Gratuity (When, Who and How Much to Tip)
The term gratuity and the act of tipping has been around for at least 500 years, and some experts speculate that the custom has been in effect since the medieval era. The word itself either stems from the Latin gratuitas, or "freely given", or the French gratuite, or "free gift". In many countries especially in the United States, tipping is expected in most service industries; in other countries, like Japan it is an insult to offer a tip. In the US sometimes the expected gratuity isn’t exactly clear, nor is the expected amount. “Do I tip the guy who just pumped my gas? What should I give him?” ”How much is a good tip for the pizza delivery guy?” “20% of this bill is like $400, is that really what I have to give?” If you or someone you know has ever asked these questions read on.
First of all it is important to understand that the basic premise of a tip or gratuity is to reward a job well done, or to express the appreciation of a good service provided. If you are sincerely dissatisfied with the services performed, do not tip. Some restaurants build a gratuity into there pricing, if you are very dissatisfied with the service or the food talk to the manager about the included gratuities (in this situation I would not demand the money back, but I would at least voice my dissatisfaction). For the most part however many service providers expect a tip and many, such as waitresses and bartenders, make their living off of their gratuities. It is poor etiquette not to tip, and it is horrible to fabricate some reason to be dissatisfied with the service just so that you can get out of an expected gratuity.
In general here are the individuals who should be tipped unless specified otherwise by the company they are employed by (as in the case of a restaurant already including a %20 gratuity in the bill). Waiters and waitresses, bartenders, bellhops, drivers and chauffeurs, concierge, housekeeping or maid service, delivery people (especially for food), tour guides, hair stylists, masseuses and movers. When tipping a percentage %10 indicates dissatisfaction with the service, %15-%20 indicates the service was good, and above %20 signifies outstanding service. Certain professions such as a valet or doorman a tip of $3-$5 is customary although it may vary depending on the cost of your accommodations.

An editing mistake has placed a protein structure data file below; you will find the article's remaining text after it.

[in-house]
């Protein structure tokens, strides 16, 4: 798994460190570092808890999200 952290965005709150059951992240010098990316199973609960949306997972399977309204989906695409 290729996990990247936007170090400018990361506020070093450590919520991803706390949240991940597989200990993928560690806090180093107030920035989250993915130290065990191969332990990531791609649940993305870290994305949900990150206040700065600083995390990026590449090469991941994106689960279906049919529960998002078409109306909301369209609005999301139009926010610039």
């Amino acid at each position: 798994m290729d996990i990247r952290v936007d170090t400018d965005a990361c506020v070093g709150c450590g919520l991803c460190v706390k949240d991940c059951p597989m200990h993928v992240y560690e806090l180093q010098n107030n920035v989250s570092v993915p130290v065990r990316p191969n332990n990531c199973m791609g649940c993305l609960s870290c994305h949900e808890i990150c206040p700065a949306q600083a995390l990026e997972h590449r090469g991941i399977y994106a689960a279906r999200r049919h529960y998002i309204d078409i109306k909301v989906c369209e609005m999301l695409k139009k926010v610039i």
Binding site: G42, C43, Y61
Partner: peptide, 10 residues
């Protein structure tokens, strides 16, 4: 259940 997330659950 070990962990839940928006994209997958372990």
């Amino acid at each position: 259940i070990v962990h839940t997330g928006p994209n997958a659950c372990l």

Then we have a bit of a grey area, these are professions or services where some people tip and others do not, resources remain very much divided on the etiquette involved in tipping these individuals. For repairmen or contractors, such as plumbers or electricians, tipping is generally not expected, as the hourly wage they make, especially when in a union, is relatively high. However is these individuals go above and beyond and provide services not specified at the time of hire it is not unheard of to offer a tip (if ever in serious doubt you can ask them). Sanitation, workers, mailmen and people like the paperboy or milkmen often receive tips and gifts around the holidays but again some people do, some people do not. Finally when your car is being serviced, or the gas attendant pumps your gas and washes your windshield, these ladies and gentlemen sometimes receive a small gratuity. This varies significantly from state to state and company-to-company but tipping in the range of $1-$5 is not unusual; again it is ok to ask, especially if you frequent the establishment often.
Ultimately a gratuity is up to you but for some services it is expected and it is considered poor etiquette not to tip. In the United States tipping is very much expected for many service providers and we hope our little guide helps you the next time a gratuity is in question. When in doubt it is OK to ask. No matter what though it is always important to thank those that service you and to show your appreciation by being polite and grateful.
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